Utopia deriving from Greek meaning – no place land – was originally introduced as a concept by Thomas More in 1516, as a depiction of an island society in its best religious, social and political order. Utopic space on the other hand is described by Paul Loffely as a “felt and lived sensibility” with a “generic religious base” (Laffoley, 2001). It presents society, in a perfect form and state of being. ‘For humanity, whether at the collective or the individual realm, Utopic Space expresses itself on the day to day basis as a total and compassionate love for all living and existing including oneself’ (Laffoley, 2001). Utopic spaces are sites with no real place but they have a general relation of direct or inverted analogy with the real space (Foucault, 1996). Utopic spaces are possible in every culture and civilisation, places that do exist and that are formed in the very founding of society (Foucault, 1996). However they are overlapped by diverse human activities that are projected in a variety of perceptions.
Utopia on the other hand, as an expressive desire for perfection, can be considered experimentally, by studying its implications and its consequences on the ground. ‘This approach can bring surprising results, and can for example, offer an appraisal on what are the most successful places, how can they be discovered and, what are the everyday rhythms of these places’ (Lefebvre, 2000: 151).
The risk of utopic experiments can bring reverse results or dystopias. This applies especially when the social dynamic is neglected. For example, ideas aiming to provide an ideal modern city of 20th century brought in table different models starting from Ebenezer Howard, with the garden city, Frank Lloyd Wright, with living city and ville contemopraine of Le Corbusier The time have proven that none of this ideas was able to build the ideal city, and they remained on the level of urban utopias. The spatial order that modernity produced, failed the social integration. Social product of these ideas projected in the space, create among others, anomic spaces. These are the spaces where marginalised deprived and socially ‘disoriented’ groups create the vibe that Lefebvre would name heterotopia.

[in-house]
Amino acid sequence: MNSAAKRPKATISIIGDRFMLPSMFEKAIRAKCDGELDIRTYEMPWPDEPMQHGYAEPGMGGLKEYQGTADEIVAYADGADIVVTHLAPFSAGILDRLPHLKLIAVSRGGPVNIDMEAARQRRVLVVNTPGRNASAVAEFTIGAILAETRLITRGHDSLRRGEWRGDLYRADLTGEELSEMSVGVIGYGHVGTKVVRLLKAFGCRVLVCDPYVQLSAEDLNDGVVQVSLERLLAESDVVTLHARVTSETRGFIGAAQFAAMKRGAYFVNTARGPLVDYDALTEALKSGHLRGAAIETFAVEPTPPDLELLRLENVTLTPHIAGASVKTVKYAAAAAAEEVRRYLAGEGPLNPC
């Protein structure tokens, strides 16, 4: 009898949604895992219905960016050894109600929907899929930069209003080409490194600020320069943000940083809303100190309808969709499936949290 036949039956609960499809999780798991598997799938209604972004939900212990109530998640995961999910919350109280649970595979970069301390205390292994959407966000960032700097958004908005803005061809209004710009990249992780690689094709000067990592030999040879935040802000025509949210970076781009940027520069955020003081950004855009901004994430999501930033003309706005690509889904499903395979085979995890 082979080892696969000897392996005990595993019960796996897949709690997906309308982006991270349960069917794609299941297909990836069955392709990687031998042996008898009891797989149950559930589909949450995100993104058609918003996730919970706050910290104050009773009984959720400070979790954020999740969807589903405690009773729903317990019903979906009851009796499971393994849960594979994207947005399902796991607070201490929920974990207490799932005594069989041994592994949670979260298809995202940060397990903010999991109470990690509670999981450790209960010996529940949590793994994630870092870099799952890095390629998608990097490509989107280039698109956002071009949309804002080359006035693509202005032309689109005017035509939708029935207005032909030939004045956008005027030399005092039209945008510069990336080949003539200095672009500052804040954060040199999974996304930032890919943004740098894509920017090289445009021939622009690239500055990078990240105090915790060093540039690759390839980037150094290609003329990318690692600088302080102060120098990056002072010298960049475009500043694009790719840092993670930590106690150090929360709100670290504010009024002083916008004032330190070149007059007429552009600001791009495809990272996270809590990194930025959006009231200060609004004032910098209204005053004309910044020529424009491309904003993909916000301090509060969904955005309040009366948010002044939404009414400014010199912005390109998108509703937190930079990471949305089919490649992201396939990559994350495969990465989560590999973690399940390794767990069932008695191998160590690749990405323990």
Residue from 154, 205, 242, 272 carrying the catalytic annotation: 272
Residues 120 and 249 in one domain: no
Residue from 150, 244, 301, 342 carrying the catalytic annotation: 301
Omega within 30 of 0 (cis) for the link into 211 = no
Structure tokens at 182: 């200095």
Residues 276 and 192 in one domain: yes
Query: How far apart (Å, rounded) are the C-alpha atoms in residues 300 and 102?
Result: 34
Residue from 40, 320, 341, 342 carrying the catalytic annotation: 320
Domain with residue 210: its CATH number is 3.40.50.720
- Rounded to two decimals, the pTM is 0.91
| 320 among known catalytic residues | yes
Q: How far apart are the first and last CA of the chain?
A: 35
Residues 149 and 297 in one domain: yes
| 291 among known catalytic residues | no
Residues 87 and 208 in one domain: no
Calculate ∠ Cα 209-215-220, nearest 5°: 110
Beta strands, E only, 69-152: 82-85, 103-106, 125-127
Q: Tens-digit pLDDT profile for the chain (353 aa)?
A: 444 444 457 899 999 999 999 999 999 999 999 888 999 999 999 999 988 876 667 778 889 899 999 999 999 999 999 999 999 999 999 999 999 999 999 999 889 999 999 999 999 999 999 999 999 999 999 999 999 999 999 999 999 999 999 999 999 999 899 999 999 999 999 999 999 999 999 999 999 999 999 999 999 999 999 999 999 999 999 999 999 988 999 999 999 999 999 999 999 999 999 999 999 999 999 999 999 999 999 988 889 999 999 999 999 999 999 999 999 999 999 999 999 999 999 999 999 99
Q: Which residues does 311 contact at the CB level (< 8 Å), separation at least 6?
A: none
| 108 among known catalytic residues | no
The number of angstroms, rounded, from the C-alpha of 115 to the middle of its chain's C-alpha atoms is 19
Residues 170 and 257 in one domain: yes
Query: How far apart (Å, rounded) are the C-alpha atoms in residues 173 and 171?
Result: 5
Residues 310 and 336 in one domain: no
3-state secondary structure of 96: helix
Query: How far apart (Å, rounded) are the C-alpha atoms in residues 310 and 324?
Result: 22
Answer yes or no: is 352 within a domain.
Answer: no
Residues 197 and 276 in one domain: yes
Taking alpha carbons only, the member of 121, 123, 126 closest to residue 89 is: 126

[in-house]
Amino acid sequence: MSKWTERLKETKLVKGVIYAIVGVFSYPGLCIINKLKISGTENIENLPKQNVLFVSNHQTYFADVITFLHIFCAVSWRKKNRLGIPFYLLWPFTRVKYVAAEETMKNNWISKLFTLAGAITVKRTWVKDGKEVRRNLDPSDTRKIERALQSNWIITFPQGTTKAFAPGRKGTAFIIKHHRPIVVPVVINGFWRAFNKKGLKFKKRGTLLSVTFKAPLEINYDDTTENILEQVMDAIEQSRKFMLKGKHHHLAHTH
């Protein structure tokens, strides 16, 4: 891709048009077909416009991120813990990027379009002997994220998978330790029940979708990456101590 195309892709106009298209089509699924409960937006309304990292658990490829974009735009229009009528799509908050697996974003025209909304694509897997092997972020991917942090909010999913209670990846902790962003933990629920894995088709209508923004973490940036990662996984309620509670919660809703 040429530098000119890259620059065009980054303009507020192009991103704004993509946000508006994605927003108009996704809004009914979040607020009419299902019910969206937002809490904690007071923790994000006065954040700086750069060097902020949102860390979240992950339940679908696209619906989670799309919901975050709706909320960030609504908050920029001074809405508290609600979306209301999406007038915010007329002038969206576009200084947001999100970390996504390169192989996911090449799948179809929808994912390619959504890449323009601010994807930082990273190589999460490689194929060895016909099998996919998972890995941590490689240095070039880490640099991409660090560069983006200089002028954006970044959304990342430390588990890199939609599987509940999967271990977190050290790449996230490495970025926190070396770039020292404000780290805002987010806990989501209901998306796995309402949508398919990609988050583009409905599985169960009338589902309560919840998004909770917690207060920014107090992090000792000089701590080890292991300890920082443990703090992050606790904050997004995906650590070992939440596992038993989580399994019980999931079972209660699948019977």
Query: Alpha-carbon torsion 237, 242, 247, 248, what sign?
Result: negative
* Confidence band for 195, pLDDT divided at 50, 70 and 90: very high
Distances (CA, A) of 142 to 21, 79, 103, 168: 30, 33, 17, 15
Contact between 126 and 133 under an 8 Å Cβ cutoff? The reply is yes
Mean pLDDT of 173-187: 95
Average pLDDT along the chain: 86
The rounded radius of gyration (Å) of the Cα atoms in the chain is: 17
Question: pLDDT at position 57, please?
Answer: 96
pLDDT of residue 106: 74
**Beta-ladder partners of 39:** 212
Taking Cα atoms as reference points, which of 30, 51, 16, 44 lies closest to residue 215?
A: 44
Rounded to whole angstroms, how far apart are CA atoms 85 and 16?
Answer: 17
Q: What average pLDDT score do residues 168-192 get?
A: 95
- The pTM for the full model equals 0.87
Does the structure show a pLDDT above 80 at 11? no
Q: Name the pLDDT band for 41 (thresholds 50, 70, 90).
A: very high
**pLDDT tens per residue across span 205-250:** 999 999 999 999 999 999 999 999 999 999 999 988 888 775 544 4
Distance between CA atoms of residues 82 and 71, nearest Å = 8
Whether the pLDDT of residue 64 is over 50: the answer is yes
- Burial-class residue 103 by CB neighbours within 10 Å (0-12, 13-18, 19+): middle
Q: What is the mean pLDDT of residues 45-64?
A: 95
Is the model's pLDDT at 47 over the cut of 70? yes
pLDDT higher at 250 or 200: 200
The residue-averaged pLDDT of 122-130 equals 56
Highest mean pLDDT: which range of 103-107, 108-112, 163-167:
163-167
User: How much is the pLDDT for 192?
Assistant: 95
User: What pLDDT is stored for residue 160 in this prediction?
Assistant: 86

Lefebvre, H., (2000) Writing on cities. Blackwell Publishers
Foucault, M., (1984) Of Other Spaces: Utopias and Heterotopias, Architecture /Mouvement/ Continuité
Laffoley, P., (2001) Utopic space. The Boston Visionary Cell